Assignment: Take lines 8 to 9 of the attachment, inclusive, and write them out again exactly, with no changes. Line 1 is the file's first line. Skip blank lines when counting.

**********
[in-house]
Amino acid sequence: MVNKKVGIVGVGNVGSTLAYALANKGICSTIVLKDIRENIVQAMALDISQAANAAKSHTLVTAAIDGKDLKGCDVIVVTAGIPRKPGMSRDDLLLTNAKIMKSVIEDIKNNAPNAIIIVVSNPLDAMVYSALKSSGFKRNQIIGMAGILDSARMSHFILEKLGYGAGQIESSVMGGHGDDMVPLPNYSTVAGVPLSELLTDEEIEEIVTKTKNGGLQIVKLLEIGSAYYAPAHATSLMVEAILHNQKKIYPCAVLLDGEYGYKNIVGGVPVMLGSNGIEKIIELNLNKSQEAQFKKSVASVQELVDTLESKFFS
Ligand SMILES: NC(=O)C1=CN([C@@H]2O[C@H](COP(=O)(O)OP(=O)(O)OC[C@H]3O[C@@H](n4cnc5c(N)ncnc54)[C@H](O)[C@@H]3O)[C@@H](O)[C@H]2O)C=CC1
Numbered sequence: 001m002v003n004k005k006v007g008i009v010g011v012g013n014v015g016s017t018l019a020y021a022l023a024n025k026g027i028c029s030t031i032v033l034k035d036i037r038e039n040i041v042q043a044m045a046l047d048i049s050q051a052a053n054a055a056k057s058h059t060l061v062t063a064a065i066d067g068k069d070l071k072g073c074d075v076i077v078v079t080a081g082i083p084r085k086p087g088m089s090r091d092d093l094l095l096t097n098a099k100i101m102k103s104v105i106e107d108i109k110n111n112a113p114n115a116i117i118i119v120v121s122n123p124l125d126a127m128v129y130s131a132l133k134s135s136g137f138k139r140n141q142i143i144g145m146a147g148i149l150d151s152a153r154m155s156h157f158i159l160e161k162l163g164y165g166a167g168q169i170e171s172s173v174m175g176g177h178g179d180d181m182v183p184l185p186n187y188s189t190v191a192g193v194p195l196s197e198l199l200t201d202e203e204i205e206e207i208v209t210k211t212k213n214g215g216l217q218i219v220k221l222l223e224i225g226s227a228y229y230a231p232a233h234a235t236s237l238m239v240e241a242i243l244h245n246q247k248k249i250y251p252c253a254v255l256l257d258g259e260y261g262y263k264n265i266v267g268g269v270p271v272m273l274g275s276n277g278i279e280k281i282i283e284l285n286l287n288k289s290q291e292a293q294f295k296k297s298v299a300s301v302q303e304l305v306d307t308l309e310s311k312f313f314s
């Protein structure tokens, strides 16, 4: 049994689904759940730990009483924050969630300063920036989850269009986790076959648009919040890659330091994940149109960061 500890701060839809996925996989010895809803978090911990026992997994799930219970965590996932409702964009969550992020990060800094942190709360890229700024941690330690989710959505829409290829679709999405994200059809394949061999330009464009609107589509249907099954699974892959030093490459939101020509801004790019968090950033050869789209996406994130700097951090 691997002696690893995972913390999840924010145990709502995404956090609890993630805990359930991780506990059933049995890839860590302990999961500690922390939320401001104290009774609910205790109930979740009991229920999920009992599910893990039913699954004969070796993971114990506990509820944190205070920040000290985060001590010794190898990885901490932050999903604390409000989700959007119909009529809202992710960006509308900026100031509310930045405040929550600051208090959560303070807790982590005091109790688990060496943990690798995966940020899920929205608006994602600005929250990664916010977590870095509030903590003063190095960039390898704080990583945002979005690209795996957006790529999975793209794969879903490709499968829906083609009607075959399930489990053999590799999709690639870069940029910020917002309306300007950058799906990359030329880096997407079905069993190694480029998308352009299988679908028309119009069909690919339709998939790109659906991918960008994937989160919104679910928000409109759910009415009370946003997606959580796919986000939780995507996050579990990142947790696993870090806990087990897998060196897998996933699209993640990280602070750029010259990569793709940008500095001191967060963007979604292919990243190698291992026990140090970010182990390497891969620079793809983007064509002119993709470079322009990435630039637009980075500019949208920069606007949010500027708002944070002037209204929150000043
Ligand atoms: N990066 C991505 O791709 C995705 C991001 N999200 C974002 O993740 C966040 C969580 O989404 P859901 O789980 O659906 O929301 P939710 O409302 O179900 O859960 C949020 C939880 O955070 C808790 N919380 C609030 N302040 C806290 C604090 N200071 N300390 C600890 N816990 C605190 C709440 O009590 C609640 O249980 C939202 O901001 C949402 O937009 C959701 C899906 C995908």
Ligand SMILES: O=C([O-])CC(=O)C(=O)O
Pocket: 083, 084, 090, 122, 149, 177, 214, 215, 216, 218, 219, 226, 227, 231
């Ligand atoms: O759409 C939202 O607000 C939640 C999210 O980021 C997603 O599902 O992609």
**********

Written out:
Pocket: 083, 084, 090, 122, 149, 177, 214, 215, 216, 218, 219, 226, 227, 231
């Ligand atoms: O759409 C939202 O607000 C939640 C999210 O980021 C997603 O599902 O992609």